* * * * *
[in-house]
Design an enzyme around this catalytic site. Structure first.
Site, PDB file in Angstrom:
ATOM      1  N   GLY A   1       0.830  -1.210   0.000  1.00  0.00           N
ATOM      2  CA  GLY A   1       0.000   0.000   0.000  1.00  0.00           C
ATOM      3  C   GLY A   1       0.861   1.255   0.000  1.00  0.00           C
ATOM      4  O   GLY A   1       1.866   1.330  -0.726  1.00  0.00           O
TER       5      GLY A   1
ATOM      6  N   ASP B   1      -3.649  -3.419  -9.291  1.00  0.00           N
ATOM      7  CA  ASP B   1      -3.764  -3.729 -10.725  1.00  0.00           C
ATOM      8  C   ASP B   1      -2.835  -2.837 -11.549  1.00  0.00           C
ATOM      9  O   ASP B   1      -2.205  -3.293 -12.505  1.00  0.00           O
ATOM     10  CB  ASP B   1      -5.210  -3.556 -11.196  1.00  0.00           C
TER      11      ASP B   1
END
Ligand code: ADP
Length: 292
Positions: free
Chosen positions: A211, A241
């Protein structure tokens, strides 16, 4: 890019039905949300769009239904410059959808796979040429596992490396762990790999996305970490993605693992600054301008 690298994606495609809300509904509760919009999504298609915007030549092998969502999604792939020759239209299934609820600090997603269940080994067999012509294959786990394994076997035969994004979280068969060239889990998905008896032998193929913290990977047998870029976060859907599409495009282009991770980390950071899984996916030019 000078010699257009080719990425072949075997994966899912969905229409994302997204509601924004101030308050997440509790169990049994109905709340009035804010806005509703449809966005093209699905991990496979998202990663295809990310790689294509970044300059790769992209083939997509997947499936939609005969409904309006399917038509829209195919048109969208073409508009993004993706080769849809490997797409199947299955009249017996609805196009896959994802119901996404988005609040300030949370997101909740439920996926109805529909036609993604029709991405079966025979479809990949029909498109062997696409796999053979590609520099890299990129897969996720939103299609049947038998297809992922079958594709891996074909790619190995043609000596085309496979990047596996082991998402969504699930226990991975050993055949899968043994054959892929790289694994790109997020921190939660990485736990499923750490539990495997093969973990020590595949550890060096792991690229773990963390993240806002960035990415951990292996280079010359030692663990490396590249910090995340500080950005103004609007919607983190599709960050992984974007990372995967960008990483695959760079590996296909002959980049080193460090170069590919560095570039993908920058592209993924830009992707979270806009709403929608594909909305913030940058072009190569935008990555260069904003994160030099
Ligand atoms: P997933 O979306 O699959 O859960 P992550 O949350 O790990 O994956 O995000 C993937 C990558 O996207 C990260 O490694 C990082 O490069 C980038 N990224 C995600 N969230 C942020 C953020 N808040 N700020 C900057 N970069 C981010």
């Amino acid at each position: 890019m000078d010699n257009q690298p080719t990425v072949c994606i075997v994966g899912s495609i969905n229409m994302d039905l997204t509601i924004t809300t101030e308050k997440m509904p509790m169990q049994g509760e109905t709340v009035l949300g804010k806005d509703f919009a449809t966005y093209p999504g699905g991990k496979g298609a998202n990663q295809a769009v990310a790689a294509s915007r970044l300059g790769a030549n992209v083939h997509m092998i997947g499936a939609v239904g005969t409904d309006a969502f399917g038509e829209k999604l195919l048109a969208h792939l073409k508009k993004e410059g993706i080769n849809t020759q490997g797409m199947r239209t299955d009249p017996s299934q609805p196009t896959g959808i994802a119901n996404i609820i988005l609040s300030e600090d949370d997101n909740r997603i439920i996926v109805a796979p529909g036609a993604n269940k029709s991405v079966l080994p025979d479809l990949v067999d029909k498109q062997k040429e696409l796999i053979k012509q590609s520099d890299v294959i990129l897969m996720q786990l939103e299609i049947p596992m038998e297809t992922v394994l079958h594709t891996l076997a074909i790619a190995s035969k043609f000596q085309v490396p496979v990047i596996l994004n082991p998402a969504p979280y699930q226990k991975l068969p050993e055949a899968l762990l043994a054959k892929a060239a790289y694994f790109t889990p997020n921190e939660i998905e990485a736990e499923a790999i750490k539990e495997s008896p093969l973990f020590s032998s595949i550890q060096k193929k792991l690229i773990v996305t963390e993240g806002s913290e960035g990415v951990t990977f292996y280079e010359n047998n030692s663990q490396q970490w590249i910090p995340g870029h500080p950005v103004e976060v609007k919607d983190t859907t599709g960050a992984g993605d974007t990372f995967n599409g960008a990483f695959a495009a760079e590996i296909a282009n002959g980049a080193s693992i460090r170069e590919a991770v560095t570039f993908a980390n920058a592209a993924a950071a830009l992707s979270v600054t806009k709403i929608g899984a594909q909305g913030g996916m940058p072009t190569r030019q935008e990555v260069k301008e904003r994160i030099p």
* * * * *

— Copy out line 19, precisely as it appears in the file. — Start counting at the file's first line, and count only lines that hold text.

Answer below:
Chosen positions: A211, A241